Coleman v. Wilson, 912 F.Supp. 1282 (E.D.Cal. 1995).

This federal district court has gravely departed from the original doctrine of "deliberate indifference" announced first in the Supreme Court's Estelle decision above. The court here makes it relatively easy to implicate the 8th Amendment's cruel and unusual punishment clause. The court uses the 8th Amendment to advocate proactive measures to ensure proper mental health care to inmates. This court has clearly rejected the notion that a plaintiff must show more than negligence for the 8th Amendment to be implicated. The court effectively abandons any inquiry into the subjective intent of the defendants. This opinion resembles Justice Steven's dissent in Estelle rather than its progeny. Incredibly, the court takes a final note worthy leap away from the original "deliberate indifference" notion. The court made a frontal attack on the mental health services as a whole. The court concluded that these system wide deficiencies evidenced the prison's "deliberate indifference to inmates. The court concluded its findings of fact and law by recommending that the California Department of Corrections implement various; forms, protocols, standards, consulting experts, procedures and regulations to improve the situation. [Back]


Madrid v. Gomez, 889 F.Supp 1146, 1283 (N.D. Cal. 1995).

Gomez is a 1995 United States Federal Court decision from the Northern District of California. Gomez et. al., plaintiffs herein, brought action alleging improper confinement and care while inmates at Pelican Bay correctional facility. Among the many allegations, the inmates charged the state with 8th Amendment violations. The court said that medical and mental health care are conditions that are subject to an 8th Amendment analysis. Although inmates are entitled to sufficient medical/mental health care under the 8th Amendment, the treatment does not have to be "the best medical care available. Rather, to establish 8th Amendment liability, plaintiffs must demonstrate that prison officials are 'deliberately indifferent' to 'serious' medical needs of inmates." This appears to be a very difficult standard to meet. First, the plaintiffs must demonstrate that either a "pattern of negligent conduct" or "systemic deficiencies" exist and that the defendants (1) knew the risk to inmate health, and (2) acted with disregard for this risk. "In short, plaintiffs must show that defendant consciously disregarded a substantial risk of serious harm to plaintiff's health or safety. (Court quoting, Farmer, 114 S.Ct. at 1980). This case is a very long fact intensive decision. The court raises and discusses many issues regarding the inmates rights to adequate medical/mental health care. More important, this case is interesting as it concludes that while punishing inmates prison official must consider the possible mental health effects that such punishment could have. The Court also alluded to the fact that prison officials need to carefully consider its actions when punishing a known mentally ill patient. [Back]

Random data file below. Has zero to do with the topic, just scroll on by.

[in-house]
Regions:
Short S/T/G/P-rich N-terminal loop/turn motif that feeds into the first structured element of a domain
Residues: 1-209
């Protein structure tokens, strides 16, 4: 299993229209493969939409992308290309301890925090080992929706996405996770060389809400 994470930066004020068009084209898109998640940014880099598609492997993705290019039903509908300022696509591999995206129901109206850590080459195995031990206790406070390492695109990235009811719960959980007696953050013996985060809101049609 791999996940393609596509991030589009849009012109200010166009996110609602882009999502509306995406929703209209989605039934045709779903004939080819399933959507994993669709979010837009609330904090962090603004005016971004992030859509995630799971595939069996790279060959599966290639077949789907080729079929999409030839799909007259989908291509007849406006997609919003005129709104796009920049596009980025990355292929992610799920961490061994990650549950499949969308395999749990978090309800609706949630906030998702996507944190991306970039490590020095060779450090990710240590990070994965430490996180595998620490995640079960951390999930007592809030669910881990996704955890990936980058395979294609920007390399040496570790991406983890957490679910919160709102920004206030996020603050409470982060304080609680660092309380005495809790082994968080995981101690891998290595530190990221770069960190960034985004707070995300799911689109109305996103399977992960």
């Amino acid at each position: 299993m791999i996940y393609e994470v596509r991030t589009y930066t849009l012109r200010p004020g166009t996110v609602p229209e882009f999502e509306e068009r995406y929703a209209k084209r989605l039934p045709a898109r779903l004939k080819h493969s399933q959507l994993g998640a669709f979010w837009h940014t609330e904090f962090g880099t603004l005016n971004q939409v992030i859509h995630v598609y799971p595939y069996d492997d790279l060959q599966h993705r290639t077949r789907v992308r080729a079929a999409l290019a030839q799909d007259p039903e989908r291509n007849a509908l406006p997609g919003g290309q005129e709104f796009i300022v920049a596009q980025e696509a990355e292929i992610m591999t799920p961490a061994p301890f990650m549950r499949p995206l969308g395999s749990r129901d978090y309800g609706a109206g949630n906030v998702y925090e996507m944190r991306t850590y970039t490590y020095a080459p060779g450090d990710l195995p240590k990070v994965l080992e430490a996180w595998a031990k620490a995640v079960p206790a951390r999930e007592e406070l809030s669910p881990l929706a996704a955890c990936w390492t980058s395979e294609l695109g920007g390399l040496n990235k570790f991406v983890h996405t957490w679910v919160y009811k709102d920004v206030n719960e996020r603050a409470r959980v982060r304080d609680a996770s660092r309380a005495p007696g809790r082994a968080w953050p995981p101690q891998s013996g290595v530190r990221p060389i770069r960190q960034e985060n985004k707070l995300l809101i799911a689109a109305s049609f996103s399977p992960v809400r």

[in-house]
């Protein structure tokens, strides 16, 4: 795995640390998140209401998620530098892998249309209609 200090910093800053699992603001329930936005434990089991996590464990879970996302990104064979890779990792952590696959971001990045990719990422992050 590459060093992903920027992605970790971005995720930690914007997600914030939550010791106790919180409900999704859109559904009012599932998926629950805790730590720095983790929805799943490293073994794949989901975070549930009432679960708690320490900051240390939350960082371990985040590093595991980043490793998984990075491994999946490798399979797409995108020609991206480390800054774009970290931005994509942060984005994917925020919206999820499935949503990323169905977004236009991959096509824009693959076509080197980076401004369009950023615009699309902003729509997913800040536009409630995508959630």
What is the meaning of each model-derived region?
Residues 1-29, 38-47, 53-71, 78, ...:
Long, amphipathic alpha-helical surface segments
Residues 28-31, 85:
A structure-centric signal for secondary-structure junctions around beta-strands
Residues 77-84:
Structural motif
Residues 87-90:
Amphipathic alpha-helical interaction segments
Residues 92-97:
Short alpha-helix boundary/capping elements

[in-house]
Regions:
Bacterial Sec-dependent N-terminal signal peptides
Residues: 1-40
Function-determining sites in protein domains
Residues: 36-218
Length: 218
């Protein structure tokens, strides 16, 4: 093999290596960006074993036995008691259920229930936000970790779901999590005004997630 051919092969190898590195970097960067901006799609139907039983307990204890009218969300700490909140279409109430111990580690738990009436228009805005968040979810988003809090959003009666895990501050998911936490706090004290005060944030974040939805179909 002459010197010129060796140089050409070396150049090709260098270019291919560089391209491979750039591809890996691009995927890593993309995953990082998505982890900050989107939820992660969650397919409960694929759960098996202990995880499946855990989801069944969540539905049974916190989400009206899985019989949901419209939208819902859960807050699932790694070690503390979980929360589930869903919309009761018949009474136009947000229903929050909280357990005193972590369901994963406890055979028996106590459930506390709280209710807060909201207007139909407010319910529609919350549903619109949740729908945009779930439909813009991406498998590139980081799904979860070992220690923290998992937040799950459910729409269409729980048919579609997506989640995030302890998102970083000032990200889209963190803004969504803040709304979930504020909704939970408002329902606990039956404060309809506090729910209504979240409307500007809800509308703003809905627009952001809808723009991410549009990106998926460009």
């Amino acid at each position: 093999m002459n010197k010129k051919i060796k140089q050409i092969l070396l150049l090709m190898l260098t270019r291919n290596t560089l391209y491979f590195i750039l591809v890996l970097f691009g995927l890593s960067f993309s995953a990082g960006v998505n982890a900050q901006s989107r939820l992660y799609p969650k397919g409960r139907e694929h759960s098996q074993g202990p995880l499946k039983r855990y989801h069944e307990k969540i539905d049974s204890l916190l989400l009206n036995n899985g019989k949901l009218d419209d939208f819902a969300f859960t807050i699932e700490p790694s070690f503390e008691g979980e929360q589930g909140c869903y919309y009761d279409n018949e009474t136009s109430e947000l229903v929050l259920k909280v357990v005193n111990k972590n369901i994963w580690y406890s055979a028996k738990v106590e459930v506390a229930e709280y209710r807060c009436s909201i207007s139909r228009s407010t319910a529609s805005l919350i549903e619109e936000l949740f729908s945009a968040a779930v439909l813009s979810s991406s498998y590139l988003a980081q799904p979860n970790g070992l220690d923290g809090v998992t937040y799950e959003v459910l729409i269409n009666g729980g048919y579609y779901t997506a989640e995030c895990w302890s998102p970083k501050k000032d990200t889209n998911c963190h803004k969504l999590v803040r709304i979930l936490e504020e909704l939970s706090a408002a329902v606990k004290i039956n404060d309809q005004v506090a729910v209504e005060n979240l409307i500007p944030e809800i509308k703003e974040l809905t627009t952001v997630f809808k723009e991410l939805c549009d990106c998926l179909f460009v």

Molesky v. Walter, 931 F.Supp. 1506, 1514 (E.D. Wash. 1996).